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A Cleaner, Cheaper Way to Make Metals

A startup called Infinium promises to reduce a troubling source of carbon emissions.

In lab space across from a yoga studio in an office park in Natick, Massachusetts, Adam Powell holds up a brilliant white ceramic tube that he says is the key to making the production of many widely used metals significantly cheaper and less polluting.

Powell is the chief technology officer of Infinium, a startup spun out of Boston University that’s been operating quietly since 2008 and is now ready to go to market with its first products—the “rare earth” metals neodymium and dysprosium. These materials are needed to make powerful magnets that work at high temperatures and are important for the generators found in wind turbines and many electric car motors.  

While Infinium’s approach can be used to produce other metals, including magnesium and aluminum, the company is starting with rare earths because they fetch much higher prices. Its first customer is the U.S. government, which needs rare earth metals for its stockpile of strategically valuable materials. Rare earth ore is mined in just a few places in the world, and high costs and environmental challenges have prevented companies from processing rare earth ore to make metals domestically.

Infinium’s process addresses a specific part of metal production: transforming partially processed ores—metal oxides—into metals. This can be done by immersing the oxides in a bath of molten salt and running electricity through the mixture. Aside from the emissions associated with generating that power, this process itself releases greenhouse gases. One of the electrodes is usually made of carbon, which reacts with oxygen, forming carbon dioxide.

The ceramic material Powell showed me—which is made of zirconium oxide—replaces the carbon electrode and eliminates those emissions. Researchers have been trying to replace carbon for many years, but the molten salts have corroded the alternatives. The key advance for Infinium was developing alternative molten salts that don’t react with the zirconium oxide, so that it can last long enough to be practical.

This month Infinium is starting up production using a machine that will produce half a ton of rare earth metals annually. In September, Infinium will start using another machine that can produce 10 metric tons a year—enough for the company to be profitable, Powell says. Infinium has also demonstrated that the process works for aluminum, magnesium, titanium, and silicon, and it plans to scale up production of the first two of those by 2016.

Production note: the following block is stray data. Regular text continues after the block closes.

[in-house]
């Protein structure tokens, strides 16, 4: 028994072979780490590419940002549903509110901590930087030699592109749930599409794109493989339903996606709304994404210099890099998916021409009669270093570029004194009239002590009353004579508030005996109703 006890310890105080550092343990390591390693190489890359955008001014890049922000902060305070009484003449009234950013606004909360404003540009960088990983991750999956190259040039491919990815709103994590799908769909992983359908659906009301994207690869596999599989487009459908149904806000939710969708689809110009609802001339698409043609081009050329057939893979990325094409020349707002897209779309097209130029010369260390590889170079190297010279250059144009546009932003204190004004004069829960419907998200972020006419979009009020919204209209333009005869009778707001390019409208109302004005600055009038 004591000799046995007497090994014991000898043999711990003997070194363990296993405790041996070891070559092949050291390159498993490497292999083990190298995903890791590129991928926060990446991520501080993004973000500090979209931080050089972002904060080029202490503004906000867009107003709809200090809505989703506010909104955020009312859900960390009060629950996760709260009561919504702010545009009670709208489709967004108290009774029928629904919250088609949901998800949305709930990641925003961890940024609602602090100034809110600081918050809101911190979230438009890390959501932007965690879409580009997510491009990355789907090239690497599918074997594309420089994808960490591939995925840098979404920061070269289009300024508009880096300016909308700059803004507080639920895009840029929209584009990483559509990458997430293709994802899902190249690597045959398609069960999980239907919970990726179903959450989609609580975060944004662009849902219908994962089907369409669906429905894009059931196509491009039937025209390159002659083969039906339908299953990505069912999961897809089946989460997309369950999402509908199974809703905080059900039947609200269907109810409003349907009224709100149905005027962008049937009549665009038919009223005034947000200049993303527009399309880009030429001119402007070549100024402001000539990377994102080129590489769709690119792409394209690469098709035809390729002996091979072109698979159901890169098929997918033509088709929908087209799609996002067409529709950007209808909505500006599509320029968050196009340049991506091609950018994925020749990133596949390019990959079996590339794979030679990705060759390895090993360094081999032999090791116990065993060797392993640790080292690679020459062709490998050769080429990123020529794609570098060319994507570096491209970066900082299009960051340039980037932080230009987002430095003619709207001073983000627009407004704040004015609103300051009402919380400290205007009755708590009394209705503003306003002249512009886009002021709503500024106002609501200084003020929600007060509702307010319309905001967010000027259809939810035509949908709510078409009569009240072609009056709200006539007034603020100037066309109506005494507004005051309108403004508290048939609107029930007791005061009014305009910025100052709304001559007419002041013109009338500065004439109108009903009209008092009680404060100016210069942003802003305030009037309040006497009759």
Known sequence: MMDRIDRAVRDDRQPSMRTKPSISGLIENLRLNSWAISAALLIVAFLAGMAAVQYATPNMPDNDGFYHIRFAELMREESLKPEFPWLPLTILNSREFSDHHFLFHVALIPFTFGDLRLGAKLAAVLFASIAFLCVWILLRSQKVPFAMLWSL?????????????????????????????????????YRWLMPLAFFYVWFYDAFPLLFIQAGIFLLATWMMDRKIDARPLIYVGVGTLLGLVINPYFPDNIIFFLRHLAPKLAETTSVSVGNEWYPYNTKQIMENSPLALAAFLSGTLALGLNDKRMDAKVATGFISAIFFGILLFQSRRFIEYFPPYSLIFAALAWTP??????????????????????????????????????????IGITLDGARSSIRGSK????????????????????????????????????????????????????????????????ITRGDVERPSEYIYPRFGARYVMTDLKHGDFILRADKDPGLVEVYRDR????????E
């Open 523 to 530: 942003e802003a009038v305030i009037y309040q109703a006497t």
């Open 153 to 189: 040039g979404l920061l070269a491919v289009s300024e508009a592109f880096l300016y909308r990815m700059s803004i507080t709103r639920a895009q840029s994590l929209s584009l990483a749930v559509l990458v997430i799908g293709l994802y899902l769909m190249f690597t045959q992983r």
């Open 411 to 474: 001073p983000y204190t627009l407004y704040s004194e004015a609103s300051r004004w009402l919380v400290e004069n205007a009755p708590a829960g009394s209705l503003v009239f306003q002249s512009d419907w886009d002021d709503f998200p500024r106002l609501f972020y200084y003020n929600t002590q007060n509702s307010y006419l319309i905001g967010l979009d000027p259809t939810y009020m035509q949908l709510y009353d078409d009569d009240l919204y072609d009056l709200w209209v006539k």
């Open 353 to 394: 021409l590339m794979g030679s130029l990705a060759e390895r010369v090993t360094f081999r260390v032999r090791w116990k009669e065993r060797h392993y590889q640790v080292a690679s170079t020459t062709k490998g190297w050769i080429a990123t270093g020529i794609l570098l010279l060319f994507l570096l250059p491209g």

The process isn’t a cure-all for the environmental problems associated with metal production. It doesn’t address pollution from mining and separating rare earth oxides from other materials in the ore (other new processes are being developed to address those issues—see “The Rare-Earth Crisis”).

But for metals such as aluminum and magnesium, Infinium says, it can reduce processing costs by 30 to 50 percent. Making these metals much cheaper could, for one thing, transform car-making. Parts made of these metals weigh far less than the steel parts ordinarily used in cars, while being just as strong. The weight savings could reduce fuel consumption by 10 percent, according to an auto industry consortium.

As the company scales up production, one key question will be whether its ceramic electrodes hold up for as long as the company’s smaller-scale testing suggests they will. If the ceramic doesn’t last, the company may not have a cost advantage.

Finding an alternative to carbon has long been the “dream” of the metals industry, says Donald Sadoway, a professor of materials science at MIT who is not involved with the company. “I believe [Infinium’s] technology is sound. It’s real,” he says. Whether the company succeeds “is all about the economics,” he says. “No one cares about the flow chart for the process. You care about the prices. If it produces a good metal at a lower cost, people will be interested.”

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